Guelph’s Ellen Jewell had ties to the anti-slavery motion
On the morning of Oct. 7, 1945, after a brief illness, Ellen Jane Jewell of Guelph died in her home on Norfolk Street. According to the obituary in the Mercury, she was in her 75th year, but she may have been about 77.
Jewell was not only a respected member of the community, she was also one of Guelph’s direct connections to the fight against slavery in America.
On one side of her family, she was the granddaughter of a man born into slavery. On the other side, she was the granddaughter of a man who was one of the most important figures in the abolitionist movement – the fight to rid America of slavery.
The Mercury obituary said Ellen Jane Jewell’s maternal grandfather was William Still. He was born free in New Jersey in 1821 to former slaves. His mother had fled from a slave owner in Maryland, and his father had purchased his own freedom. Still grew up to become a writer, businessman, historian and civil rights activist. He was a chairman of the Vigilance Committee of the Pennsylvania Anti-Slavery Society. Still was also a conductor of the Underground Railroad for a route between Philadelphia and Canada.
Even though Pennsylvania was a Free State, after the passage of the Fugitive Slave Act in 1850, none of the non-slave holding states were safe for people who had fled slavery. The law allowed slave owners to pursue escapees into Northern states and haul them back to the South. Only those who fled all the way to Canada were safe from their former masters and professional “slave-catchers.” Still kept records of all the people he helped reach Canada in order to help re-unite families that had become separated.
Still was called ‘The Father of the Underground Railroad.’ He sometimes worked with the legendary Harriet Tubman, knew the family of abolitionist firebrand John Brown, and had agents in New Jersey, New York, Virginia, Maryland, Delaware, New England and Canada. Still was believed to have helped as many as 800 people fleeing bondage reach freedom. He was surprised to find people who were his own blood relatives among those he assisted.
During the American Civil War, Still operated Camp William Penn, a training camp for African American men who wanted to fight in the Union Army. After President Abraham Lincoln’s Emancipation Proclamation and the Thirteenth Amendment officially ended slavery in the United States, still fought against segregation. He was a member of Philadelphia’s Board of Trade, an elder in the Presbyterian Church and founder of the Home for Destitute Colored Children.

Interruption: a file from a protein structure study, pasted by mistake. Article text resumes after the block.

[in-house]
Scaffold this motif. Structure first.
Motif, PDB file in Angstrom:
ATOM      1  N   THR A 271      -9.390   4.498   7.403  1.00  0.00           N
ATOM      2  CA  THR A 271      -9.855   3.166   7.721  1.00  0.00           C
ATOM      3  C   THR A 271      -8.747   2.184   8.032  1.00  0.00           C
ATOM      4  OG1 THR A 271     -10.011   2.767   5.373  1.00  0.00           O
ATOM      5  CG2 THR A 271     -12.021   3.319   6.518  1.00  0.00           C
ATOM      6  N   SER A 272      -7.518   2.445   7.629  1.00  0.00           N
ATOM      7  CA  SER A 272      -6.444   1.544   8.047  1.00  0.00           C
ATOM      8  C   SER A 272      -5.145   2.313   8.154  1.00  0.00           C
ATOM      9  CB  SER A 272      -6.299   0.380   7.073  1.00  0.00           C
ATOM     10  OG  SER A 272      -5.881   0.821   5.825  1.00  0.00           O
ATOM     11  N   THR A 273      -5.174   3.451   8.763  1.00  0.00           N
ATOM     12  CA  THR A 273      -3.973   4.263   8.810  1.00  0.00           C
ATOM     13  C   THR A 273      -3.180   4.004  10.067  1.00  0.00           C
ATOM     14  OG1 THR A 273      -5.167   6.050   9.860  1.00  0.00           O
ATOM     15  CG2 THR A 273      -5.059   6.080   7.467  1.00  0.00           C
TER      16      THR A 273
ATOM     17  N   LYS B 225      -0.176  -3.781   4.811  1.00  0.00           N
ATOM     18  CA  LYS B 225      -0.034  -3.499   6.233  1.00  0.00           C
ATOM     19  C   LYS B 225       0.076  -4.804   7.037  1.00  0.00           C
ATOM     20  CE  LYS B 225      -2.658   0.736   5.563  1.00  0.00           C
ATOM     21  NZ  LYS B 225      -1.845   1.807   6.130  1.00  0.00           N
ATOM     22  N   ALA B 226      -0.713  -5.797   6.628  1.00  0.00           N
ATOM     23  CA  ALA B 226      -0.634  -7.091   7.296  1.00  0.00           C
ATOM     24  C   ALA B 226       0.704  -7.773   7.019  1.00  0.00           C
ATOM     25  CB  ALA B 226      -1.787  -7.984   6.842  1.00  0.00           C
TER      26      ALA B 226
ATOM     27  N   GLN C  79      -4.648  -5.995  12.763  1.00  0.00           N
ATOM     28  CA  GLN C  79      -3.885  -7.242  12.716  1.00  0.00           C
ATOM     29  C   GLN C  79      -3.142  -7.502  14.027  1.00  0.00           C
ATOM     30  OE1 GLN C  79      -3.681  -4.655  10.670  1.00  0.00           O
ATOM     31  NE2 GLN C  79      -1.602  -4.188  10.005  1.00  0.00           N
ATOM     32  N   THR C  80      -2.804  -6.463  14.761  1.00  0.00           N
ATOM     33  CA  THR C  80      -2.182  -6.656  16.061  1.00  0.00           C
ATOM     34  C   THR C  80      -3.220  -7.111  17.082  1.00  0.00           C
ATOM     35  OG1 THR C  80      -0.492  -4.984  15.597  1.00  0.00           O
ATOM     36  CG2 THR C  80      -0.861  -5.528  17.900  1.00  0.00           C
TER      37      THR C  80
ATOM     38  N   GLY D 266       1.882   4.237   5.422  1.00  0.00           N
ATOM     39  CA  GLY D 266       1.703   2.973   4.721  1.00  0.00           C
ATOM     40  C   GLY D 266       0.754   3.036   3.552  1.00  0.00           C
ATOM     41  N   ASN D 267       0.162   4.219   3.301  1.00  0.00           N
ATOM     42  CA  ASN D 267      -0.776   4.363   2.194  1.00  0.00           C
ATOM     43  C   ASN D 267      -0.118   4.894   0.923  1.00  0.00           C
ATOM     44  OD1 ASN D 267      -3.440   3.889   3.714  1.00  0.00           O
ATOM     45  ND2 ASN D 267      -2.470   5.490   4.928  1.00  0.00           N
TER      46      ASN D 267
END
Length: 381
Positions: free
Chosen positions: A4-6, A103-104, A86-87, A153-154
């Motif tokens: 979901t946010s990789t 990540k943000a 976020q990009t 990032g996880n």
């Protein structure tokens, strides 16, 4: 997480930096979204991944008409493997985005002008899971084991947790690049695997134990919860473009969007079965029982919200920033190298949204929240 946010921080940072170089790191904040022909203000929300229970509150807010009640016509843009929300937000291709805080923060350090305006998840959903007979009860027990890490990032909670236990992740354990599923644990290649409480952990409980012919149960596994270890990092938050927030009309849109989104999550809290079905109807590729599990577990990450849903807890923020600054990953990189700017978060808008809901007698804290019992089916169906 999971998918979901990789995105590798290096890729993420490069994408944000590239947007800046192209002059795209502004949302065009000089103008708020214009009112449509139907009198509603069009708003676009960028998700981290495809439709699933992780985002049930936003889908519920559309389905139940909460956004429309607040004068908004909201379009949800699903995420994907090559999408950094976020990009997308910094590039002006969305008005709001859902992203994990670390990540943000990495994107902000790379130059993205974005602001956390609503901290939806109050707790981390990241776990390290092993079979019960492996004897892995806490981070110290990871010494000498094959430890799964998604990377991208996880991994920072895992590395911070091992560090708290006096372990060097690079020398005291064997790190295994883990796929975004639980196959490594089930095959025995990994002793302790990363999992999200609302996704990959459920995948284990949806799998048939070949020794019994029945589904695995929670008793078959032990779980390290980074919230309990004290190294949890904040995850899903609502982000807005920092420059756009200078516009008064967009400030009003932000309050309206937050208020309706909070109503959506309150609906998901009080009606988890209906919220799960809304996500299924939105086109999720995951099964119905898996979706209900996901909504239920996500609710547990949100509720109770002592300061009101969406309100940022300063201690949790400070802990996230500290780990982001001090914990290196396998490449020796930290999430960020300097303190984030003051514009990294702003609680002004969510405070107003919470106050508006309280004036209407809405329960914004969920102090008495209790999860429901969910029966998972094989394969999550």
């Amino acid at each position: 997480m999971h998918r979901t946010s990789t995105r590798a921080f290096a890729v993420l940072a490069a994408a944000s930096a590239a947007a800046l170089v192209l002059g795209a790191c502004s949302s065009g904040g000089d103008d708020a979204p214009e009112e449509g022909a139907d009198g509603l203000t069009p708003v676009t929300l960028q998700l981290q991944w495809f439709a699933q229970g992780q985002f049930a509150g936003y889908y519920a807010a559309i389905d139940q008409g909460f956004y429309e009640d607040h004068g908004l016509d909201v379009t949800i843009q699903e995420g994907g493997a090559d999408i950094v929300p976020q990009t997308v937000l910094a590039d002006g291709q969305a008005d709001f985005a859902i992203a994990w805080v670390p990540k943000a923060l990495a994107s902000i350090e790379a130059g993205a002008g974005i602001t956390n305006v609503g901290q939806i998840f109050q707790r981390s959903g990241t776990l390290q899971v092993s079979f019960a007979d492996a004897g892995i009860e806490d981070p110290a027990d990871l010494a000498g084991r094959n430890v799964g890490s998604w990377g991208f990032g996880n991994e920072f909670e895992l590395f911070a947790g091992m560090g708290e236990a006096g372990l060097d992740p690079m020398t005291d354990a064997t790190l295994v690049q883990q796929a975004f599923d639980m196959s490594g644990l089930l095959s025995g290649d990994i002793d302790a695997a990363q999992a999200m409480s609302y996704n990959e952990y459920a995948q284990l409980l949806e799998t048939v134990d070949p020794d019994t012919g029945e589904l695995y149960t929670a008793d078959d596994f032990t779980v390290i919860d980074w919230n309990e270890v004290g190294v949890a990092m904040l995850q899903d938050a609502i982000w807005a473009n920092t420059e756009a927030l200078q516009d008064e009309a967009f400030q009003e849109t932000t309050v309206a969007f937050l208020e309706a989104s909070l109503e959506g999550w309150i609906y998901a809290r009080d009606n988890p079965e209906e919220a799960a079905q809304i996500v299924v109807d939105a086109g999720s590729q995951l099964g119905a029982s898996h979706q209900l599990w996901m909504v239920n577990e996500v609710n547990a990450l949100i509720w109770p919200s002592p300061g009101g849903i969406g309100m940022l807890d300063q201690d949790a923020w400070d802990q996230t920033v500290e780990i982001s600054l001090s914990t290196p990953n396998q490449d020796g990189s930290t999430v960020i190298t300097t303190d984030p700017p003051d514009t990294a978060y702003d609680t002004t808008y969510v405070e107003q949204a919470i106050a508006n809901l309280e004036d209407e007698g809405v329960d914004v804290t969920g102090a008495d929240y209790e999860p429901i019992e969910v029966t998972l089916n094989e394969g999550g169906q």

By the time of Still’s death in 1902, he had descendants in several states, as well as Canada. A book he had about the Underground Railroad, based on his own notes from his years as a conductor, became an important primary source for that period of written history.
There are differing accounts about Ellen Jane’s paternal grandfather. The Mercury obituary says his name was Henry D. Lawson, who was born a slave in Hagerstown, Maryland. He was made to serve as his master’s coachman. Maryland was one of the slave-holding border states that did not secede from the Union to join the Confederacy at the outbreak of the Civil War, even though much of its slave-owning white population had Confederate sympathies.
The federal government did not initially try to impose abolition in those states. While the Civil War raged, Henry Lawson grew impatient waiting for emancipation to come to Maryland. One day he drove off with a team of his master’s horses. He kept going until he reached Canada.
However, in her book The Queen’s Bush Settlement: Black Pioneers 1839 – 1865, author Linda Brown-Kubisch says his name was Dangerfield Lawson, and he was born in either Maryland or Virginia. In 1842, while fleeing from bondage, he killed his master and then escaped to Canada with the help of abolitionists. He settled first in York County, and then in Peel Township.
Dangerfield Lawson’s oldest son, Henry Dangerfield Lawson, and his wife Sophia, were Ellen Jane’s parents. She was born in Peel Township in 1868 and moved to Guelph when she was 20 years old. She worked in domestic service and then married an Englishman named William Arthur Jewell. As an interracial family, the Jewels had to endure the lingering bigotry of an unenlightened age. In that regard, they carried on the struggles of William Still and Dangerfield Lawson.
William predeceased Ellen Jane by 19 years. She supported her family by running a boarding house and a lunch kitchen. At the time of her death, she was survived by a daughter and three sons, one of whom was serving overseas in the Canadian armed forces; and several grandchildren. Ellen Jane Jewell was buried in Woodlawn Cemetery.